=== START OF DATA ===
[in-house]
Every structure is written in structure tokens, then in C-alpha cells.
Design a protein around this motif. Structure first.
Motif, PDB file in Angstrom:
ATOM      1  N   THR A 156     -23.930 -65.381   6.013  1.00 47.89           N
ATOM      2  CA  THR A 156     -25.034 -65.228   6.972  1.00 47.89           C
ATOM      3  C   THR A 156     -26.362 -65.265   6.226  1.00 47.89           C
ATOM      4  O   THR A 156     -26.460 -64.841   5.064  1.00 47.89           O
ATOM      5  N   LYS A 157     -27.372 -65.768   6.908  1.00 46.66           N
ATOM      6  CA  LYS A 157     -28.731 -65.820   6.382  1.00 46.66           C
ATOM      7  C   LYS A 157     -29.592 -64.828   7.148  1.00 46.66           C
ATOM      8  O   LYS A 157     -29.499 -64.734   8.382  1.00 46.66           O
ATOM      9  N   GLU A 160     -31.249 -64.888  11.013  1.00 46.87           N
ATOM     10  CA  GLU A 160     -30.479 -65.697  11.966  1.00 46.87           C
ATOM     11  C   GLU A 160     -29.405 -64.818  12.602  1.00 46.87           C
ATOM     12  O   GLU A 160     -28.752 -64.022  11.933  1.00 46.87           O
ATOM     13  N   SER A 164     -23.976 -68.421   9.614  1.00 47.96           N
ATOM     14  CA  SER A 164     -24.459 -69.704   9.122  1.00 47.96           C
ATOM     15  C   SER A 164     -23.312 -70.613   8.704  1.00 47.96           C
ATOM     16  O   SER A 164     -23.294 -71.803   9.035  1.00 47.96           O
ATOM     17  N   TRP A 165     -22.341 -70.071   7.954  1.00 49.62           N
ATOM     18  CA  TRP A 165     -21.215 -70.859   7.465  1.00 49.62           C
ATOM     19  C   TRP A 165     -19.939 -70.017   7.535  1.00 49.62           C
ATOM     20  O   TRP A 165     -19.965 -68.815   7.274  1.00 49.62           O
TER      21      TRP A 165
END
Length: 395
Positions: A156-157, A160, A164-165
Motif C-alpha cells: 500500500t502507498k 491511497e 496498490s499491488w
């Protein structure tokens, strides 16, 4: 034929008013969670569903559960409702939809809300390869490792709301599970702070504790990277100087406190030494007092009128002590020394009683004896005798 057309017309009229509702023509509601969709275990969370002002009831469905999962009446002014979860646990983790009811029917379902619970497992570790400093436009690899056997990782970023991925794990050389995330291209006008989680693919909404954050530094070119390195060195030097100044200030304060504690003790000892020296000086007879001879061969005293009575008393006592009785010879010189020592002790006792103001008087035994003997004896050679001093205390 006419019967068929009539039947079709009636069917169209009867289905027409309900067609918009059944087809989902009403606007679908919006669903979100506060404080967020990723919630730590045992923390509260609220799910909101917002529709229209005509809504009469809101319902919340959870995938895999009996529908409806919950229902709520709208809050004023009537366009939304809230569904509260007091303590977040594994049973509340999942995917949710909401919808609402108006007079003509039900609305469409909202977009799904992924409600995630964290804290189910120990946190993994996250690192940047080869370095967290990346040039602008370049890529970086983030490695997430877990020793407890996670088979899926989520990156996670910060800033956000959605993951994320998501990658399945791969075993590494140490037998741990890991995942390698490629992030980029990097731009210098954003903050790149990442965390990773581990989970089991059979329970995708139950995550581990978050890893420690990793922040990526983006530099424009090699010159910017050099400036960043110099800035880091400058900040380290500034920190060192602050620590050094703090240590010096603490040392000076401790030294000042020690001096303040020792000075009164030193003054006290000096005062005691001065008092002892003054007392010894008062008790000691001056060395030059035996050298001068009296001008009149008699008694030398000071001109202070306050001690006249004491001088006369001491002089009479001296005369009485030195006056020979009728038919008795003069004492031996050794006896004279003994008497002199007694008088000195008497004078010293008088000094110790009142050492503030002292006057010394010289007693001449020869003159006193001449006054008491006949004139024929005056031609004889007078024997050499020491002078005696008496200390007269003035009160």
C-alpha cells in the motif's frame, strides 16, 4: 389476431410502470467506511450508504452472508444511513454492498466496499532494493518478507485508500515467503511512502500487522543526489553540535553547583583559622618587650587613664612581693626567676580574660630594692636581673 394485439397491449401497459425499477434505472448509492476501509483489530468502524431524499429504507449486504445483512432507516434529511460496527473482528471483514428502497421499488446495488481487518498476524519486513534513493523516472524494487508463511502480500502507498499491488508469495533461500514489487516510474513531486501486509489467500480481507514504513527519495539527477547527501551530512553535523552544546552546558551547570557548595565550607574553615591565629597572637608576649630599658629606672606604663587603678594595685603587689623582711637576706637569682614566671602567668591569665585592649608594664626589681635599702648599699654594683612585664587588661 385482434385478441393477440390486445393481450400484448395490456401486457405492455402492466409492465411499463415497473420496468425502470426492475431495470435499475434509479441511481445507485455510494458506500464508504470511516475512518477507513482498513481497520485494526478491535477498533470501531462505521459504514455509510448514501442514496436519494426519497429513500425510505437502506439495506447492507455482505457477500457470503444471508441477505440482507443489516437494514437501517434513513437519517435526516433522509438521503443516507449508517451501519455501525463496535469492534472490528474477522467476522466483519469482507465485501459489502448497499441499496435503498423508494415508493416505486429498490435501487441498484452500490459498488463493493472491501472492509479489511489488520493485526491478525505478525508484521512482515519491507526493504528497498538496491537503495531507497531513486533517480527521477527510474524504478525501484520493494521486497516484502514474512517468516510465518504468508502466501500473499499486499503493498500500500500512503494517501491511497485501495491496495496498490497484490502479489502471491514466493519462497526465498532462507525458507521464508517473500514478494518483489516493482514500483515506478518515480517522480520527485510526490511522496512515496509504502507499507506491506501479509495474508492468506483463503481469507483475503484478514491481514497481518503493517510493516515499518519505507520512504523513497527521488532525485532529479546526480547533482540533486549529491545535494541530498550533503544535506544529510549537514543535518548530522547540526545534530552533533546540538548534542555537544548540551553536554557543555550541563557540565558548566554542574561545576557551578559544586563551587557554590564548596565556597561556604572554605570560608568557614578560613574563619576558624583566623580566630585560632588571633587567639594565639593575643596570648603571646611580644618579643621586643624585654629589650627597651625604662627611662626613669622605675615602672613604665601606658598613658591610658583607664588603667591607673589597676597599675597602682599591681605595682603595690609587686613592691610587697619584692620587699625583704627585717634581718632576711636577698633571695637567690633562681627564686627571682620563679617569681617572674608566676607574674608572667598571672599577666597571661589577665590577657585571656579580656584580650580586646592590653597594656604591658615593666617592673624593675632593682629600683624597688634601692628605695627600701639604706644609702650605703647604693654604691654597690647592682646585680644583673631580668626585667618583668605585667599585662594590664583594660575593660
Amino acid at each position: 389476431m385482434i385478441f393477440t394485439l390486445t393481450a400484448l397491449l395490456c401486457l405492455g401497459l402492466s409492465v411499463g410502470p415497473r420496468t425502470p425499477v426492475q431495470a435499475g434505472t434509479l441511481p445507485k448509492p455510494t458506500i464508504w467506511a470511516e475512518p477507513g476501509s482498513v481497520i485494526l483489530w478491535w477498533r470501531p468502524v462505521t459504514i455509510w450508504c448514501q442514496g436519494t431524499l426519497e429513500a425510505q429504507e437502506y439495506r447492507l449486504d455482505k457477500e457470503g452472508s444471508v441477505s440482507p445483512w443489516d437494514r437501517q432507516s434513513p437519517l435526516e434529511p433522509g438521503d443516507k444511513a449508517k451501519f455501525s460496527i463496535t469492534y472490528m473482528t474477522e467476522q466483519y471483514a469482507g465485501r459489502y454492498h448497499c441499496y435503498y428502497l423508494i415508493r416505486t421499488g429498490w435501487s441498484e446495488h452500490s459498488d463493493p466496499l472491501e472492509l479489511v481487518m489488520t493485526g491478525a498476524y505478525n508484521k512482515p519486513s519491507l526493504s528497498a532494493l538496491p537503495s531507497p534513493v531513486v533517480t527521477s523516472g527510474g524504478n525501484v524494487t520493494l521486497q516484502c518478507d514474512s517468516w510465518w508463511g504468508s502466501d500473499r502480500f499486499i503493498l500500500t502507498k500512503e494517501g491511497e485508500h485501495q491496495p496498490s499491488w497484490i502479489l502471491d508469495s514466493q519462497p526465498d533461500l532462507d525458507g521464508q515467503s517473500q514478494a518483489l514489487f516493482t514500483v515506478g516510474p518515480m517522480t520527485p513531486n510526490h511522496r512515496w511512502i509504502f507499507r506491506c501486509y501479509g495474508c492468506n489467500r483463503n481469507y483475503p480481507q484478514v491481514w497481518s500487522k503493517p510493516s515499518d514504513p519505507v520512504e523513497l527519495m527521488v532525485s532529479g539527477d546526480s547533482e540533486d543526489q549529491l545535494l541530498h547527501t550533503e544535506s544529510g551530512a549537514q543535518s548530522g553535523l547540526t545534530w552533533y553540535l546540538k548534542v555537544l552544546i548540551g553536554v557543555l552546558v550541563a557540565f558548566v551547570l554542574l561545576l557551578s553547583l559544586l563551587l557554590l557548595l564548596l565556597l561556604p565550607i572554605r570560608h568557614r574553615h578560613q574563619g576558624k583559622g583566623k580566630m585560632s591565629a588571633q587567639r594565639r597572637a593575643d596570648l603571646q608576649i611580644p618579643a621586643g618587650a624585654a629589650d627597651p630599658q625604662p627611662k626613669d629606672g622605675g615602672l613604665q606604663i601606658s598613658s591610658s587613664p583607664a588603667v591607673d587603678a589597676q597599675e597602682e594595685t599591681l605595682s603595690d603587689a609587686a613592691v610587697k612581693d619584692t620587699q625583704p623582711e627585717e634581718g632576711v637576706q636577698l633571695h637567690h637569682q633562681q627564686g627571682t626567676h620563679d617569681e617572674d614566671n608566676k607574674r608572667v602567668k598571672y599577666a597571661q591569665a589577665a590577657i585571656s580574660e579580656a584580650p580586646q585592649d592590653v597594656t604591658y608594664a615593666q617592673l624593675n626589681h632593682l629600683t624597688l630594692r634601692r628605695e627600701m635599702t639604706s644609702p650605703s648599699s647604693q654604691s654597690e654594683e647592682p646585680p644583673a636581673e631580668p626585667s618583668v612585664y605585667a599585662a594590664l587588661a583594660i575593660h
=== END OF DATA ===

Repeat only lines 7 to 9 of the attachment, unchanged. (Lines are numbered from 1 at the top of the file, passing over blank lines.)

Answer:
ATOM      3  C   THR A 156     -26.362 -65.265   6.226  1.00 47.89           C
ATOM      4  O   THR A 156     -26.460 -64.841   5.064  1.00 47.89           O
ATOM      5  N   LYS A 157     -27.372 -65.768   6.908  1.00 46.66           N